"That won't get him into the first round," said the coach.
For his part, Williams says he isn't worried where he's drafted. He just wants in. Williams said Atlanta Falcons president Rich McKay mentioned to him and other draft hopefuls Thursday night that it's not where you're drafted, but rather what you do when you get into the league.
That's all well and good, but the money difference between being a top-10 pick and a late first-round pick is millions. And that can be money players never get back.
"It's a blessing to be here," Williams said. "Whether I go top five, top 10 or top 20, it doesn't really matter."
It will on draft day if he does stay on the board longer than many expect. Some have him pegged to go to the Minnesota Vikings with the seventh overall pick, one they acquired from Oakland for Randy Moss -- although that would hinge on an explosive 40 time. The thinking is Williams will fill Moss's shoes, something that was mentioned when Williams met with Vikings coach Mike Tice Thursday night.
"I told him I wouldn't be trying to fill Randy Moss's shoes," Williams said. "Those shoes are cut to his feet. I think I'll bring my pair. I'll bring my own attitude, my own playing style and my own demeanor. Just be me. The comparisons are inevitable. You're going to get them no matter what team you go to. At the end of the day, you still have to put in the work and establish your own identity."
Williams brings that type of thoughtfulness to a lot of his answers. He is glib, fun and seems to have a passion for the game. He will be a coach's delight.
What's even more telling about him as a person is there is no bitterness because he was sent to football limbo for a year, despite his missing out on a national championship at Southern California and potential millions as a rookie in the NFL.
Instead he used the year to get better. He consulted with doctors, dieticians and trainers to sculpt his body. He said he was down to 216 in November but re-gained some weight before the combine to get to 225 and then weighed in at 228 Thursday, saying the food provided by the league was too good to pass up.
He does plan to cut some weight before his March workout, which might be a good idea to help that 40 time.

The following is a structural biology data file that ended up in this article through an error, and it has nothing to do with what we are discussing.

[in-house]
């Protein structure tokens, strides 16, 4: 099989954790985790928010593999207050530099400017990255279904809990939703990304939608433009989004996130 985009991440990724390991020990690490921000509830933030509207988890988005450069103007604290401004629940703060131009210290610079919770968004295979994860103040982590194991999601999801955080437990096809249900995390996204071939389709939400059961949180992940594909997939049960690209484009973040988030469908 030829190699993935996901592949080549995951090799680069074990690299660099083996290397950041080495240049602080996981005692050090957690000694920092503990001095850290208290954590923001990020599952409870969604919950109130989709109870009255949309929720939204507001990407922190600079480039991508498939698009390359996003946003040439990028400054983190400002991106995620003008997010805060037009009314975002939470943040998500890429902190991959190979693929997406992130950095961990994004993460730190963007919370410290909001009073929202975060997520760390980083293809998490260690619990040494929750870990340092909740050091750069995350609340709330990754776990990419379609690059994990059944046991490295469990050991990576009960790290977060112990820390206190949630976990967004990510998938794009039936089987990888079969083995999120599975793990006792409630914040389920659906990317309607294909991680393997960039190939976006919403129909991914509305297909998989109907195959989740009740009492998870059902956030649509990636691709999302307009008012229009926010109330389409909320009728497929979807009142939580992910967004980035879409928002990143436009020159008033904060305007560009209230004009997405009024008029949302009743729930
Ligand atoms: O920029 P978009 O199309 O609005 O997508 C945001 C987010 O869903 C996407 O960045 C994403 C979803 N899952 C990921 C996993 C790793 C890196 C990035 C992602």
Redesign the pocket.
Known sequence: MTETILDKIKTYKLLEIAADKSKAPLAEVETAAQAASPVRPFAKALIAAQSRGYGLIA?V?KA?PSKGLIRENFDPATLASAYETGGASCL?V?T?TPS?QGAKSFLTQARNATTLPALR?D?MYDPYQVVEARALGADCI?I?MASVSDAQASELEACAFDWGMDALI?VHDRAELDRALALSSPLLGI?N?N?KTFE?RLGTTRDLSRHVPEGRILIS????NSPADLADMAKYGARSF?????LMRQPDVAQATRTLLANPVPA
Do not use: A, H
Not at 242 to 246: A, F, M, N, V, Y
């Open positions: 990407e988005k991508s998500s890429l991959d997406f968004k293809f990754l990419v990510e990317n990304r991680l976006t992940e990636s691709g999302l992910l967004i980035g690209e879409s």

As a sophomore at USC in 2003, he showed big-time ability, at times dominating the competition. He was a man against boys, using his size to help him catch 95 passes for 1,314 yards and 16 touchdowns. But scouts worried then -- and still do -- about his speed to run by defenders. It was more of a physical thing than a speed thing for him at USC.
That impressive season in 2003, coupled with Ohio State's Maurice Clarett challenging the NFL's draft rules forbidding players who were not three years removed from their high school graduation to enter, led Williams to say he was leaving school. When the court ruling ended his chances to turn pro, he was not allowed back at USC because he has signed with an agent.
Now 13 months from catching a pass that mattered, Williams came here as the unknown quantity. He left much the same way.
Until he clocks that 40 time, his draft status will be where he has been for the past year: in football limbo.
Interestingly enough, as Williams ended his session with the media, South Carolina receiver Troy Williamson stepped to the podium. The mob around Williams left, leaving Williamson to a handful of reporters.
The odd thing is that Williamson will likely be drafted ahead of Williams for one main reason. He can run.
"I've run 4.34," Williamson said.
Speed, you see, still kills.
Mike Williams has to hope that's in a good way come March -- not killing his chances to be a first-round pick.